Password management isn’t necessarily a difficult thing to do, yet it does seem like a bit of an annoyance to most people. When it comes to password management, you will hear the famous line, “I don’t really care about changing my passwords regularly. I have nothing important online anyways.” Let’s see if you have nothing important online when your PayPal account gets taken over because you thought the password “password” was good enough.

    In my opinion, it is an “internet user’s” responsibility to make sure that they keep secure passwords and update them on a regular basis. In this article we will discuss how to make your online presence more secure and keep it secure.

    The easy fundamentals

    First thing is first; creating a strong password.

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    A strong password is a mixture of alpha-numeric characters and symbols, has a good length (hopefully 15 characters or longer), and doesn’t necessarily represent some word or phrase. If the service you are signing up for doesn’t allow passwords over a certain length, like 8 characters, always use the maximum length.

    Here are some examples of strong passwords:
    * i1?,2,2\1′(:-%Y
    * ZQ5t0466VC44PmJ
    * mp]K{ dCFKVplGe]PBm1mKdinLSOoa (30 characters)

    And not so good examples
    * sammy1234
    * password123
    * christopher

    You can check out PC Tools Password Generator here. This is a great way to make up some very strong passwords. Of course the more random passwords are harder to remember, but that is where password management comes into play.

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    Managing your passwords

    I know some people that keep their passwords in an unencrypted text file. That’s not a good idea. I suppose that if you aren’t doing much online and are decent at avoiding viruses and such, it could be OK, but I would never recommend it.

    So, where do you keep your strong passwords for all the services that you visit on a daily basis?

    There are a ton of password safes out there including KeePass, RoboForm, Passpack, Password Safe, LastPass, and 1Password. If and when I recommend any of these I always count on LastPass and 1Password.

    Both LastPass and 1Password offer different entry types for online services logins (PayPal, Twitter, Facebook, Gmail, etc.), credit cards and bank accounts, online identities, and other types of sensitive information. Both have excellent reviews and only differ in a few subtle ways. One of the ways that is more notable is that LastPass keeps your encrypted password Vault online where 1Password allows you to keep it locally or shared through Dropbox. Either way, you are the holder of the encryption keys and both ways are very secure.

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    LastPass and 1Password both offer cross-platform support as well as support for Android and iOS (LastPass even has BlackBerry support). 1Password is a little pricey ($39.99 for either Windows or Mac) where LastPass has free options as well as premium upgrades that allow for mobile syncing.

    Upkeep

    You should probably change your passwords for your “important” accounts at least every 6 weeks. When I say “important” accounts I am referring to ones that you just couldn’t imagine losing access to. For me that would be Gmail, PayPal, eBay, Amazon, all my FTP accounts and hosting accounts, Namecheap, etc. Basically these include any account where financial information could be lost or accessed as well as accounts that could be totally screwed up (like my webserver).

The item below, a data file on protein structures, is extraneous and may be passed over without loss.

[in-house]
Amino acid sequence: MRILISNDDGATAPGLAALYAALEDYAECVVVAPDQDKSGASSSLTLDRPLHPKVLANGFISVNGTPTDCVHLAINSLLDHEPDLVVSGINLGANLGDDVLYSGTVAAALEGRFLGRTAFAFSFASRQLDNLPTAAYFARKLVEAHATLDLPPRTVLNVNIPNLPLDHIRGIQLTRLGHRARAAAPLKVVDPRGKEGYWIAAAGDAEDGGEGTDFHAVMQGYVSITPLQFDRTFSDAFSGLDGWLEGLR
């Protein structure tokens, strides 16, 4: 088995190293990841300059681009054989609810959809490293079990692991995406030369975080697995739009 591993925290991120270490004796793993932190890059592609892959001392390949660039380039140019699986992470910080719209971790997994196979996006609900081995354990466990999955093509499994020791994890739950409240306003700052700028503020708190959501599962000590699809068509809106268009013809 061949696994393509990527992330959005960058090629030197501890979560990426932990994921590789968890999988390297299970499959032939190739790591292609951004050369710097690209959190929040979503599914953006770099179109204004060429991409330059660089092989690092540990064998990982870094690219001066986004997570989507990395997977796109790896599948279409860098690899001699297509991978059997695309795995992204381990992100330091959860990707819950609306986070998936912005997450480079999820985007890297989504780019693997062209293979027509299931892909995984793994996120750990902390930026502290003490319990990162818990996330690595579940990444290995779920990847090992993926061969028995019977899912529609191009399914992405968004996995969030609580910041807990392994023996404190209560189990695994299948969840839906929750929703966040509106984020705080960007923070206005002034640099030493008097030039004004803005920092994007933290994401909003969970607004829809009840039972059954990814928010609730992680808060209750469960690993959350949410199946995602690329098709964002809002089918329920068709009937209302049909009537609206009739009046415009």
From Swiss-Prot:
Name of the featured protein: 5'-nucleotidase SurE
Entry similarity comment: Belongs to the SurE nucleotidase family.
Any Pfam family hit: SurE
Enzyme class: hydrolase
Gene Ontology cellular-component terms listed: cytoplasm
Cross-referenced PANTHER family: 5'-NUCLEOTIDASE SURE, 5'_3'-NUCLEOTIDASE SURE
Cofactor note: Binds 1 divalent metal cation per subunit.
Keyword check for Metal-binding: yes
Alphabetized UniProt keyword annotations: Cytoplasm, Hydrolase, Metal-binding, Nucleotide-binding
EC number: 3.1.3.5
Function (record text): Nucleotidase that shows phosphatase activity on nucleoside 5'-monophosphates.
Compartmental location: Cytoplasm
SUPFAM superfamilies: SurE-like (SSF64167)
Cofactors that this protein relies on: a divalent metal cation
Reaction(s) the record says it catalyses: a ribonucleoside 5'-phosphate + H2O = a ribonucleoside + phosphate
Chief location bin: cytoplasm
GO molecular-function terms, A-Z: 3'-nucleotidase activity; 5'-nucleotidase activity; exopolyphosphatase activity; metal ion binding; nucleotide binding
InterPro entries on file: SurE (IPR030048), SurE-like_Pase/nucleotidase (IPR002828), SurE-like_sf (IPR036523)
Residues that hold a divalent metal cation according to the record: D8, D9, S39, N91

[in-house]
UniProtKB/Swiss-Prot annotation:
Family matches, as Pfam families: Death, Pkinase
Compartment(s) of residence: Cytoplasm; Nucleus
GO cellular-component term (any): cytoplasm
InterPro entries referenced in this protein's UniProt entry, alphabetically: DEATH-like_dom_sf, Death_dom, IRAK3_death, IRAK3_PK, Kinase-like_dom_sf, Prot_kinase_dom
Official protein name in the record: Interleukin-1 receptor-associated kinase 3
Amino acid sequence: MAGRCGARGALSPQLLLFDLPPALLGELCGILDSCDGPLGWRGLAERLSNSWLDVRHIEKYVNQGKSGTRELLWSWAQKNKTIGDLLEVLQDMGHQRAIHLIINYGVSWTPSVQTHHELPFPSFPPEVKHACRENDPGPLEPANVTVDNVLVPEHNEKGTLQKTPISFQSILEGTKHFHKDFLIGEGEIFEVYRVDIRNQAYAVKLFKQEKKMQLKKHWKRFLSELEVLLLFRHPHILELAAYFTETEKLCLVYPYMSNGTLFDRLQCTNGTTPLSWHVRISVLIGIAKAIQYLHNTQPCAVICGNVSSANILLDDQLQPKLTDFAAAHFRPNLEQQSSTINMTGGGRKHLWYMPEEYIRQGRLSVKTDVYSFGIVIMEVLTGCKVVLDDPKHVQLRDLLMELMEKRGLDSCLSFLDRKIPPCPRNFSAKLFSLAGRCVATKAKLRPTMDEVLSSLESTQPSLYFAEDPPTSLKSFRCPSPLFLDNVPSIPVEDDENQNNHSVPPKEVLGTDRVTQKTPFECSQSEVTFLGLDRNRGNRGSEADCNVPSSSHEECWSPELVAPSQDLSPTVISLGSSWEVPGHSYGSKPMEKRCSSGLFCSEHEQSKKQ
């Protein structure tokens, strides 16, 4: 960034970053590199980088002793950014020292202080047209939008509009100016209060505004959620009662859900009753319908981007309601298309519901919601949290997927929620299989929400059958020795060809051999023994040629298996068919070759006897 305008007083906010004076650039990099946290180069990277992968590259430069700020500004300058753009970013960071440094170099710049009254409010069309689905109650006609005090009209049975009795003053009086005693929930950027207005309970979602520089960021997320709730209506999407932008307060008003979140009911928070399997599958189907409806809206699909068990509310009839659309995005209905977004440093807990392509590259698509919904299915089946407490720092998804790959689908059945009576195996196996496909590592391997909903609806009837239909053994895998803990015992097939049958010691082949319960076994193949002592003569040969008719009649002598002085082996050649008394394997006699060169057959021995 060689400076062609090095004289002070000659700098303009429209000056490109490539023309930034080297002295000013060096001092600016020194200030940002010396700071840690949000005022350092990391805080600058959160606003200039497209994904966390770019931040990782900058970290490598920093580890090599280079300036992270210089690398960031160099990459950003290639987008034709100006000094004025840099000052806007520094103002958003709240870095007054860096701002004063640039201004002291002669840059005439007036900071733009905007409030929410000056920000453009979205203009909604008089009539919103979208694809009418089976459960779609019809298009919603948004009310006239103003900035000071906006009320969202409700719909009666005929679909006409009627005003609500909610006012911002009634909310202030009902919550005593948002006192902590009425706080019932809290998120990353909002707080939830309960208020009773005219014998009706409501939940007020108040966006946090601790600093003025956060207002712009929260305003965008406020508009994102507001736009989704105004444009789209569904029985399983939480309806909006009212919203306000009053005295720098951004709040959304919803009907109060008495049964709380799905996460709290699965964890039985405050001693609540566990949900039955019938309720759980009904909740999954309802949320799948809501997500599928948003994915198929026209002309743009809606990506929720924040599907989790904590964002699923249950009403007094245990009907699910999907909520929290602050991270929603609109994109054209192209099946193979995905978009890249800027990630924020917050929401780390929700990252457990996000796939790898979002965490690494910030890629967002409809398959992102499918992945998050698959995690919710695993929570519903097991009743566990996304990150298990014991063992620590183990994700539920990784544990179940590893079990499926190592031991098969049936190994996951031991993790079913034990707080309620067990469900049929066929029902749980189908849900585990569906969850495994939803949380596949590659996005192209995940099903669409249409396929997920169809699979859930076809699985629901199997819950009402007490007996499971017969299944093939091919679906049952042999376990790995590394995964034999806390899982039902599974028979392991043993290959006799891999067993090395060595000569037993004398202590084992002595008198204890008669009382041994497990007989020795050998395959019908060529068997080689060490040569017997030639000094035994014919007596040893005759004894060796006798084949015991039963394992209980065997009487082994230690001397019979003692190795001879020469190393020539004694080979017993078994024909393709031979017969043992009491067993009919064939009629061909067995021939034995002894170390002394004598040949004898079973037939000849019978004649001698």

There is no hard and fast rule to how often you should change your passwords, but 6 to 8 weeks should be pretty good.

    Alternatives

    You may think that all of this is just too much to manage on a daily basis. I will admit it is kind of annoying to have to change your passwords and use a password manager on a daily basis. For those people out there that don’t want to go through all of the hub-bub of super-secure, encrypted, password management, here are a few tips to keep you safe:

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    1. Create a unique and hard to guess “base password” and then a pattern to use for each site you logon onto. For instance a base password could be “Ih2BaSwAa” (this stands for “I have two brothers and sisters who are annoying”). Then you would add something “site specific” to the end of it. For Twitter Ih2BaSwAaTWTTR, Facebook Ih2BaSwAaFCBK, etc. This is sort of unsecure, but probably more secure than 99% of the passwords out there.
    2. Don’t write your passwords down in public places. If you want to keep track of passwords on something written, keep it on you at least. The problem is that if you get your wallet stolen you are still out of luck.
    3. Don’t use the same passwords for every service. I’m not even going to explain this; just don’t do it.

    These are just a few things that can be done rather than keeping your passwords in a management system. Personally, with over 100 entries in my password management system, I couldn’t even dream of doing any other way. But those out there with only a few passwords, having a simpler system may be beneficial.

    So, if you want to be a “responsible internet citizen” or you just don’t want to lose your precious account data, then creating and maintaining strong passwords for your online accounts is a must.